Heather: Having given a lot of thought to encouraging young women to go on in science and math, I've reflected on my own experience in school and read some of the current research on the problem. I've realized that you're exactly right. The fun of science has to be included, which requires excellent teachers. And if you're thinking about science as a profession, it has to be demystified and made available to those who aren't already exposed to it in their families. In the Canadian studies I've looked at, most of the people who choose science as a career have a parent who is a scientist or engineer. In 99% of cases it's the father.
Jan: Does that apply to you as well?
Heather: Yes, my father was an engineer. It was quite an influence. Another thing that comes up in women's studies courses when I talk about women in science, is the influence of an all-girls class. At Queen's there are several women scientists on faculty who were educated in all-girls convents (which by the way, they don't remember with much pleasure). But I wonder now if these all-girls schools made quite a difference to them. I went to a regular school in a small mining town and I was in a very small class. By some demographic quirk there were no boys of academic consequence in that class and so I measured myself against other girls, and I wonder if that has made a difference to me too.
Jan: I have great reservations about all-girls schools because my experience with them in England was not positive. I worry that it's stepping backwards, rather than changing the way science is presented to girls.
Ursula: When I began to teach engineering twenty years ago, my first female students all came from all-girls schools in the separate school system. What makes the difference in these schools is that math is treated like everything else. For example, like music. Some people make a career in music, but nobody is expected to do so. You just teach music to all, be it for enjoyment or a career.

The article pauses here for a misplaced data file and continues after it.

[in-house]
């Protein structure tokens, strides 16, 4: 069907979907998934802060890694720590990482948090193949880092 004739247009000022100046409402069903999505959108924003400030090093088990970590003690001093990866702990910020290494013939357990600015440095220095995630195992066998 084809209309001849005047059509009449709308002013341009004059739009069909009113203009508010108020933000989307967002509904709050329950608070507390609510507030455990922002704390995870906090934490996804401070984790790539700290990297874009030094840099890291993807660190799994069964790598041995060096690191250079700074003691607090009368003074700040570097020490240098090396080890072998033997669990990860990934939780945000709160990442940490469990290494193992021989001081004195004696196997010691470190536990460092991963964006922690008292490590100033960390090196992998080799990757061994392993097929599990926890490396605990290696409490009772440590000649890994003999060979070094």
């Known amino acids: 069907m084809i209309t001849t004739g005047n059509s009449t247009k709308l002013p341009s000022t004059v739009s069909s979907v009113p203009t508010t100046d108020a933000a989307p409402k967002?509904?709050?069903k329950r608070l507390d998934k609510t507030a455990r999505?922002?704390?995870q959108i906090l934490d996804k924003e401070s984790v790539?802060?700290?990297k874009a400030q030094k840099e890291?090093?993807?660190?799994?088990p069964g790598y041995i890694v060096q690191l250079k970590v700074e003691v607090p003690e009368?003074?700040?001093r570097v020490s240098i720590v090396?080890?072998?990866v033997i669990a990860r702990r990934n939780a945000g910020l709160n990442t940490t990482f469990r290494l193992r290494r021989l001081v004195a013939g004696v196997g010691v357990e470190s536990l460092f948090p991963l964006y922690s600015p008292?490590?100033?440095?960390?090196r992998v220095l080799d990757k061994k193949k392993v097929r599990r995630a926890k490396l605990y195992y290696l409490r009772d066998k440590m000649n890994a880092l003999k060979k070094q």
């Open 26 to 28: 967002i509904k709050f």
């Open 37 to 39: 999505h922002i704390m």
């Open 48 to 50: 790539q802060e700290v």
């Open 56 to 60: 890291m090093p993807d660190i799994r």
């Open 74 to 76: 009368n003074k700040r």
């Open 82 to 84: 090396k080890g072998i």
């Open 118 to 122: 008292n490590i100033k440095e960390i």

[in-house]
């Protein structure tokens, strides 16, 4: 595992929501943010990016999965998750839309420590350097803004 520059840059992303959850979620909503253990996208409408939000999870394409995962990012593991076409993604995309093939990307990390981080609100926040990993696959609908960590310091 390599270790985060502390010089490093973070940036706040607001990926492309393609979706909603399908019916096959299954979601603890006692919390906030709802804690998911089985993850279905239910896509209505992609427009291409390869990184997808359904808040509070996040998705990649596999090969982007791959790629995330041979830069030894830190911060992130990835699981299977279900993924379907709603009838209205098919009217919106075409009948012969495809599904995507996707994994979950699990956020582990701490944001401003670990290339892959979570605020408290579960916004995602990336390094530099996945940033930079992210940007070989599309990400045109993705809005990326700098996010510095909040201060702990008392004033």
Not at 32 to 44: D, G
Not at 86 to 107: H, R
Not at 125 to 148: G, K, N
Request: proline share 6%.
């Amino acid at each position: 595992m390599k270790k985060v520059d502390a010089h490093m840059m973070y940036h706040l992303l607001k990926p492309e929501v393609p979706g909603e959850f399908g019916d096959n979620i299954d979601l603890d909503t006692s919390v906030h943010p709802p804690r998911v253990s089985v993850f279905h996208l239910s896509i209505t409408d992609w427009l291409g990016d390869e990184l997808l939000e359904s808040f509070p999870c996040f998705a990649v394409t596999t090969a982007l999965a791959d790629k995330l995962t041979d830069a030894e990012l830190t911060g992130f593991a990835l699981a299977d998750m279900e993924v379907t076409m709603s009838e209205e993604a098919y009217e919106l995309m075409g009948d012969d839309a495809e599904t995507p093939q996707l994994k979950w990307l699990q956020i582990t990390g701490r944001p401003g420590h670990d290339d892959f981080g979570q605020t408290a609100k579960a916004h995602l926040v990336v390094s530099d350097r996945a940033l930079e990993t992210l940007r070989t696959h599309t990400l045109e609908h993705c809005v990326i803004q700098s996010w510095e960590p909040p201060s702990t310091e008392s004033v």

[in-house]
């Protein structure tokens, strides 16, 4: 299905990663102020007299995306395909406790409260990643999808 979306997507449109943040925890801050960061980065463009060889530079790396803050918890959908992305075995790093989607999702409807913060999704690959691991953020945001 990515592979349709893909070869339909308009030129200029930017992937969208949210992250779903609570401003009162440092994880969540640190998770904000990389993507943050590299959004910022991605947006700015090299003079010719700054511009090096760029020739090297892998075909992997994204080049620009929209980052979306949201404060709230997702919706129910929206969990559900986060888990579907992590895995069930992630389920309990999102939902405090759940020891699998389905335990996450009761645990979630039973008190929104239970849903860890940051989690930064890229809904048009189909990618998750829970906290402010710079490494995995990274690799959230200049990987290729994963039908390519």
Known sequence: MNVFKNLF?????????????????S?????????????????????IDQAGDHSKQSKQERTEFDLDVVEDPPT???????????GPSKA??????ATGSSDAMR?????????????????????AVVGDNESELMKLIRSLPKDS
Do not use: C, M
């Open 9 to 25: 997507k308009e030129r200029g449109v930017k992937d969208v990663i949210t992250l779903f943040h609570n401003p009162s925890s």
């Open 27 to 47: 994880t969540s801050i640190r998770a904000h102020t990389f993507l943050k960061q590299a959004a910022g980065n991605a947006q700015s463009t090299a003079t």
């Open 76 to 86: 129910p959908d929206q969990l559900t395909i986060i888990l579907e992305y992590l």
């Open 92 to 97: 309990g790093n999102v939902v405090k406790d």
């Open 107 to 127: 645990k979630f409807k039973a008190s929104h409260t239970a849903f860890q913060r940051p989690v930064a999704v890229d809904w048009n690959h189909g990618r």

I was so intrigued by my first female engineering students that I made friends with the woman most often mentioned when I asked my students about their schooling. Sister Mary Benedict was often either one of their teachers, or their teacher's teacher. The interesting thing about her was her attitude. She was surprised to hear that other educational institutions would think there was a problem with girls and math. Her attitude was that even though some kids may have a talent for, say, art or French, it is the purpose of the educational institution to encourage a certain level of literacy and fluency in all fields.
Then students can begin to see where their vocation might be. Nobody is excused from French, and nobody is excused from math. The students are expected to do as well as they can, at the same time it is clear that their interests will be different. This is the attitude we need to have in our schools, to say that there is essentially no difference in the inherent abilities of girls and boys but different interests among all students.
Heather: Before we leave you again to your Scholar's peace and quiet, I would like your reaction to something I find rather distressing. Apparently, in the last few years of grade school, students have started to see scientists as evil and socially irresponsible. Engineers are still considered people who wear hard hats and drive trains, and for some reason biology is considered a more socially responsible and acceptable career area. But I'm very disturbed by this perception of science as evil.
Ursula: As a very convinced pacifistic, I've always spoken to my students about the responsibility that scientists carry with their knowledge. If students going to university are suspicious of what's at the end of their studies in science, that's understandable, but one: must openly discuss it. The constructive use of science is a lot more difficult that many of us thought it to be.
Jan Clarke is the Guest Editor of this issue of Women's Education des femmes.